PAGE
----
Will Boris Johnson succeed Liz Truss? What ex-Prime Minister said in his speech - and who was Cincinnatus?
Boris Johnson made a classical reference in his final speech as prime minister which suggested he planned on a return to power.
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One of the names that has been circulated already is none other than Boris Johnson, who left Number 10 just over six weeks ago. But while many may think of the idea of his return as unbelievable, the ex-Prime Minister’s final address included a few hints that he may be planning a return to frontline politics.
Outside Number 10 Downing Street, Johnson first spoke of what he was “proud” of from his premiership - mentioning the vaccine rollout, “delivering Brexit” and standing up to Vladimir Putin. Despite adding a pointed jab at the manner in which he left office, referring to the leadership contest as a “relay race” and remarking that “they changed the rules halfway through, but never mind that now” - Johnson said he would be supporting his successor.
He also assured people that the new government would do “everything we can” to deal with the cost of living crisis, amongst increased calls for the Conservatives to do more to help vulnerable families.
However, the part of the ousted Prime Minister’s speech which has sparked a fervent online debate is his reference to Cincinnatus - an ancient Roman statesman and politician. So what did Mr Johnson say, and what does his classical allusion mean?
What did Boris Johnson say?
Mr Johnson said: “Like Cincinnatus, I am returning to my plough. And I will be offering this Government nothing but the most fervent support.”
He continued by mentioning the reasons he will be supporting Ms Truss, saying it is a “tough time for the economy” and a “tough time for families up and down the country.”
Who is Cincinnatus?
According to tradition, in the 5th century BC, Cincinnatus was an old Roman politician and statesman who was in retirement and living life as a farmer. However, when Rome was threatened with military invasion, he took up power of the republic and single-handedly defeated the enemy, before relinquishing his power and returning to his farm.
But Cincinnatus’ time in power did not end there. In fact, he was later called upon to return to Rome, where he led as a dictator.
Why did Boris Johnson compare himself to Cincinnatus - and what are people saying?
The Uxbridge and South Ruislip MP studied classics at the University of Oxford, so it’s not a surprise that he’s well acquainted with figures from ancient Rome. His image of “returning to my plough” was interpreted by some therefore as meant to reflect his intention to return to the backbenches - and continue supporting the government.
However, Cincinnatus’ subsequent return to power is the point which many commentators have seized upon.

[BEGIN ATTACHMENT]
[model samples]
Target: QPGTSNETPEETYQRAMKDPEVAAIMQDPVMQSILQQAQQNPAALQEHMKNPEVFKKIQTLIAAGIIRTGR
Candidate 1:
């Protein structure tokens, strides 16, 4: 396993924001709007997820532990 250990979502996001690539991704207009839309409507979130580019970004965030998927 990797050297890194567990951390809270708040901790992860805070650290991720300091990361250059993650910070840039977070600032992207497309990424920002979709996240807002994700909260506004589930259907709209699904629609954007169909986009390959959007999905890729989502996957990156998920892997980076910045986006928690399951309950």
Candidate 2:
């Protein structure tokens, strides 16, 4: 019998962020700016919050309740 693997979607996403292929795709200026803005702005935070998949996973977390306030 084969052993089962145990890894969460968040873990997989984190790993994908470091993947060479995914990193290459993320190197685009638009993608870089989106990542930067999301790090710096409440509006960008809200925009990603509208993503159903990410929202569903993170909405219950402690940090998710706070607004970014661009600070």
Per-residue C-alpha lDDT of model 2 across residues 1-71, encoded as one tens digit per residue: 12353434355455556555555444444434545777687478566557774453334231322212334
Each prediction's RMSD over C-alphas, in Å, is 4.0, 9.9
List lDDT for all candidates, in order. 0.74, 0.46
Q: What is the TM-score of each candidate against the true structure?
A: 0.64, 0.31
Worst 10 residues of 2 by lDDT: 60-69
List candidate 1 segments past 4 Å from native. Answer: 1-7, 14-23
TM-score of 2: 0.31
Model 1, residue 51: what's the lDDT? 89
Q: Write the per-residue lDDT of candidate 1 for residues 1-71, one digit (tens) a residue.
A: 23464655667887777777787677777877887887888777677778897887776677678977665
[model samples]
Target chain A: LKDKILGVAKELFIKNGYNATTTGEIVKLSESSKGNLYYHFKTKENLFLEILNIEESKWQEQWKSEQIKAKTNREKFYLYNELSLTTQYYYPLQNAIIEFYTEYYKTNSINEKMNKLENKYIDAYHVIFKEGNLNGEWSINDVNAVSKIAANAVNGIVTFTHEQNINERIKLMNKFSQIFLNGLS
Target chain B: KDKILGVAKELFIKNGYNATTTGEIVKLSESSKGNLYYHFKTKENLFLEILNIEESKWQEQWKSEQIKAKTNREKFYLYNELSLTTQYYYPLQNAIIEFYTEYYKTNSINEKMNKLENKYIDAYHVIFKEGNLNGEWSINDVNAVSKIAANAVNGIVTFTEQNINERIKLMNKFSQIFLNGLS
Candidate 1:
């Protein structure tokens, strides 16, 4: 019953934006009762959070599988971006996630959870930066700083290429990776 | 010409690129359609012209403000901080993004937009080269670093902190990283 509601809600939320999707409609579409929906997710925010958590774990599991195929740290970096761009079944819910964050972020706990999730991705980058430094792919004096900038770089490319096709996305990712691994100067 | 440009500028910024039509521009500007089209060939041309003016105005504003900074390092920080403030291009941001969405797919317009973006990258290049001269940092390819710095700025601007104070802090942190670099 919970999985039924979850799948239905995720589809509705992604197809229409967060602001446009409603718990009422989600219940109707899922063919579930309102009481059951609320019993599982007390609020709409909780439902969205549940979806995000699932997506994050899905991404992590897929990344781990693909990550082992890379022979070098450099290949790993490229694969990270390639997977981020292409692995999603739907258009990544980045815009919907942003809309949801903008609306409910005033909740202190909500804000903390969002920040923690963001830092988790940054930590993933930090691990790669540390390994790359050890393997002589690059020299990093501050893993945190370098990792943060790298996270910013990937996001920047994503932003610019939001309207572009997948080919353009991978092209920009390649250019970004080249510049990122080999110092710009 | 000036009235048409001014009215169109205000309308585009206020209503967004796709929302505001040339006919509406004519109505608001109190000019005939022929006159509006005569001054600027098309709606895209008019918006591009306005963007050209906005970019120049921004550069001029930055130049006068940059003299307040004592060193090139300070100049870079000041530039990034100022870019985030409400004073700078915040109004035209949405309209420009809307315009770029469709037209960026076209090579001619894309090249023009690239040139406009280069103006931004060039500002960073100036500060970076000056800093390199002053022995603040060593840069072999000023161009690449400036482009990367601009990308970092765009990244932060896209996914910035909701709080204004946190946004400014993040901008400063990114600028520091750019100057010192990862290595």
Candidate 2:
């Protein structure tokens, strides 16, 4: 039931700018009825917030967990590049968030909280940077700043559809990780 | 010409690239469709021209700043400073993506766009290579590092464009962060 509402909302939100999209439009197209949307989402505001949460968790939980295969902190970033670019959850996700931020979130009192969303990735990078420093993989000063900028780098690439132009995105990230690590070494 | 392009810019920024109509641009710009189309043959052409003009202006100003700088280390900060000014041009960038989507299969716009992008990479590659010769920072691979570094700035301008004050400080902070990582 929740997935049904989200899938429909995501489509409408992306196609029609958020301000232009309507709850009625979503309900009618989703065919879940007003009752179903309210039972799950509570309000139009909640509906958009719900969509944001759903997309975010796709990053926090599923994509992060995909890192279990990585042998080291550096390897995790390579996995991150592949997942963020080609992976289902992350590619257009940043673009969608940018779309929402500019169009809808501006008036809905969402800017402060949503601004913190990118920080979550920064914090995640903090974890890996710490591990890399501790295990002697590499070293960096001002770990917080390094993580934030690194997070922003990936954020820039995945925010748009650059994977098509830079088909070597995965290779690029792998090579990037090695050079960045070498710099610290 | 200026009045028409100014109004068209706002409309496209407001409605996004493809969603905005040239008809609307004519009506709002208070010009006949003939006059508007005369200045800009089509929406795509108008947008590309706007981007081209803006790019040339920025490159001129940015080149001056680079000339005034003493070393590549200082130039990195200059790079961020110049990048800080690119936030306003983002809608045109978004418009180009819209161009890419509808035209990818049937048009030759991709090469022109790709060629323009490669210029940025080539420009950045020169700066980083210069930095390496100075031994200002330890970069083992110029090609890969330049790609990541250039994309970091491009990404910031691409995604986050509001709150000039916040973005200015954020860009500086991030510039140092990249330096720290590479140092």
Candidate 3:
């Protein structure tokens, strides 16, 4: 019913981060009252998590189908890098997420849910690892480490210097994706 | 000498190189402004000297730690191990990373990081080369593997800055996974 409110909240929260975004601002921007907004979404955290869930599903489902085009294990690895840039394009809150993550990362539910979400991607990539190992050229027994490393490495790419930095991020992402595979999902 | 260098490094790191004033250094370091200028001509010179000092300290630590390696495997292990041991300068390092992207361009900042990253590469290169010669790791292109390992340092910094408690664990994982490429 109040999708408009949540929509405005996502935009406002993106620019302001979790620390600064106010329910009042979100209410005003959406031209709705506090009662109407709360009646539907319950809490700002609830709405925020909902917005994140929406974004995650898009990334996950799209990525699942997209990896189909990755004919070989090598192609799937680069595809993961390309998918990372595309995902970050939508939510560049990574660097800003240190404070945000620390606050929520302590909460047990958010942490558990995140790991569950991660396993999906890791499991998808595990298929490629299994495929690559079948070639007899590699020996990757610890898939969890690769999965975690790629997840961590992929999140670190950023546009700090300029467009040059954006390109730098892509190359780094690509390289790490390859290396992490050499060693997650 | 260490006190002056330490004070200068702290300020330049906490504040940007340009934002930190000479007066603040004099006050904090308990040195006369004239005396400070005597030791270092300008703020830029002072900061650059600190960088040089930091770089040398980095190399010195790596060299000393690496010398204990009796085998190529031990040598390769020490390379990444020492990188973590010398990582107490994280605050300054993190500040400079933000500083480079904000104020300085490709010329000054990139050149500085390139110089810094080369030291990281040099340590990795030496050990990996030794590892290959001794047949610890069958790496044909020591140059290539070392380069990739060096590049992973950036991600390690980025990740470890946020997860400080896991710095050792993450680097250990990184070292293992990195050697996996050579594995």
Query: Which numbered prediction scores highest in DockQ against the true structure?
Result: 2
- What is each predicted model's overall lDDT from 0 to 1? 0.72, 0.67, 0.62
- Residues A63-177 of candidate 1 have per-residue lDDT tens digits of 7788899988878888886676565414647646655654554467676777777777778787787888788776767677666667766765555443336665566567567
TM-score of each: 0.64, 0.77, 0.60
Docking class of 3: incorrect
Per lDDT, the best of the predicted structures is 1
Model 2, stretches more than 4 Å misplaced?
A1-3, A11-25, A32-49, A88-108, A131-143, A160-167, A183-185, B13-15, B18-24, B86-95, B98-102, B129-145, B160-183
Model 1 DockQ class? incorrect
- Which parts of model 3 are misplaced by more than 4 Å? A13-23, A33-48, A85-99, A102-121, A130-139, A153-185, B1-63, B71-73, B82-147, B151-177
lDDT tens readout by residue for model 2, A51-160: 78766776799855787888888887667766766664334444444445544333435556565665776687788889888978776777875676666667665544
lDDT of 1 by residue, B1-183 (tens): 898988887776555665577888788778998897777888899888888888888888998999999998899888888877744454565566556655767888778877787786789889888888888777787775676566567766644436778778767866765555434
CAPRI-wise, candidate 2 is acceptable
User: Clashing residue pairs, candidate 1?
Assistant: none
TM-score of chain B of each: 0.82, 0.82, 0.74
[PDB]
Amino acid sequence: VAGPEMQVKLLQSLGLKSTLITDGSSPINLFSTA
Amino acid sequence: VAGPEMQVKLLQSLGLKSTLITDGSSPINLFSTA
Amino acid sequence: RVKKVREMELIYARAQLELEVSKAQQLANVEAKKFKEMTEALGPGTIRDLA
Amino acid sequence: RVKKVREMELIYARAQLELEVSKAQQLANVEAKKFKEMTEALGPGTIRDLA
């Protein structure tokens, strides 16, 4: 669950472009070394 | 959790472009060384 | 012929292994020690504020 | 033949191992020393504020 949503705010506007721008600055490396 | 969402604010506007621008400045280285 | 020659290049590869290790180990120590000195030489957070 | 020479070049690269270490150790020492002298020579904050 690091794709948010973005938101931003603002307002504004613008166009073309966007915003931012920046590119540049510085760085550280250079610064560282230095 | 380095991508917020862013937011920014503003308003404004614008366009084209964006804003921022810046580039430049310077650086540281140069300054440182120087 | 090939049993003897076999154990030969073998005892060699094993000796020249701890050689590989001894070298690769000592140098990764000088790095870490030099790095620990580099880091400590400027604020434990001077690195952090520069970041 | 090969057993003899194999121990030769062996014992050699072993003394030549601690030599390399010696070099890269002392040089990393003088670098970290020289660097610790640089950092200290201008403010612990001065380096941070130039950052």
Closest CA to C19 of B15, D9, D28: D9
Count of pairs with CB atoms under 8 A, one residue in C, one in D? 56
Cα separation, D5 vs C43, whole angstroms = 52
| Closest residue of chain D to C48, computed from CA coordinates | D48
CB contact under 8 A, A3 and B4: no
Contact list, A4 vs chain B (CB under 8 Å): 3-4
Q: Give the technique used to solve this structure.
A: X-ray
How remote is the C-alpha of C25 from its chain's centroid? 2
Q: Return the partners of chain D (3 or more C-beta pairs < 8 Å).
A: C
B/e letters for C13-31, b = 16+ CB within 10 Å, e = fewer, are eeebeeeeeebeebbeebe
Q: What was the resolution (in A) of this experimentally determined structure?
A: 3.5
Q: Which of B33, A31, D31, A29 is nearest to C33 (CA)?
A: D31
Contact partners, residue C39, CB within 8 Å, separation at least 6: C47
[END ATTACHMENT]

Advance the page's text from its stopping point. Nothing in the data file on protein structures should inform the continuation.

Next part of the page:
Andrew Neil wrote on Twitter: “This is not the speech of a departing prime minister who necessarily thinks he’s going away forever. He’s enough of a classics scholar to know, in comparing himself with Cincinnatus leaving for his farm, that when the call came Cincinnatus returned to Rome.”
Historian Tom Holland meanwhile drew attention to Cincinnatus’ role as a “dictator” - which isn’t exactly a comparison that a democratic leader would want to be making. On a similar point, Mary Beard, a scholar of ancient Rome, told BBC Radio 4’s Today programme that it was a “risky analogy.”
She explained: “[Cincinnatus] is often treated as an absolute hero – the man who comes in, saves the state but doesn’t take power for himself long term, but goes back to his plough. [But] it’s not so simple – one thing you need to know about Cincinnatus is that he was absolutely, resolutely anti-populist. He completely opposed the rights of the poor and the unprivileged in Rome – he was, in our terms, extremely right-wing.”
She added that in another story about the figure, he returns to power again “very briefly”, this time to suppress a “popular uprising by the underprivileged”.
Many have linked these parallels to the cost of living crisis, which experts say will hit the poorest the hardest - and has prompted charities and campaigners to criticise the government for not doing enough to support vulnerable households. Johnson was also accused of washing his hands of the crisis as soon as he resigned from office on July 7.
Did Boris Johnson intend to spark such debate?
Will Walden, the ex-Prime Minister’s former director of communications, told ITV’s Good Morning Britain that there was no “coming back” for the outgoing prime minister, after almost 60 ministers resigned from his government in July.
He also told LBC: “I think the idea that he’s coming back, which he has lent tacit support to, is very very deliberate, it’s about rewriting the historical narrative and setting his own narrative in going forward.”
Interestingly, it wasn’t the first time the former classics scholar used this particular reference. In 2008, he used the same simile after serving as Mayor of London to speak of his aspirations to become Prime Minister. He said: “Were I to be called, like Cincinnatus from my plough, obviously it would be a huge privilege to serve. But you may have a long time to wait.”
Nick Robinson also suggested that Mr Johnson knew full well what he was doing, commenting: “It may be risky but he’s sending a very clear signal – he said, ‘I’m going away for now, but I may be back’ – it’s a classic version of Hasta La Vista Baby, which he said in the Commons.”
During his final speech in the House of Commons earlier this summer, Mr Johnson bid farewell to his colleagues by signing off with this phrase popularised by The Terminator - but many pointed out that the other catchphrase from the film is “I’ll be back.”
So while Johnson disappeared from the limelight for a short while, a return to frontline UK politics is looking more likely by the minute. It’s fair to say that stranger things have happened.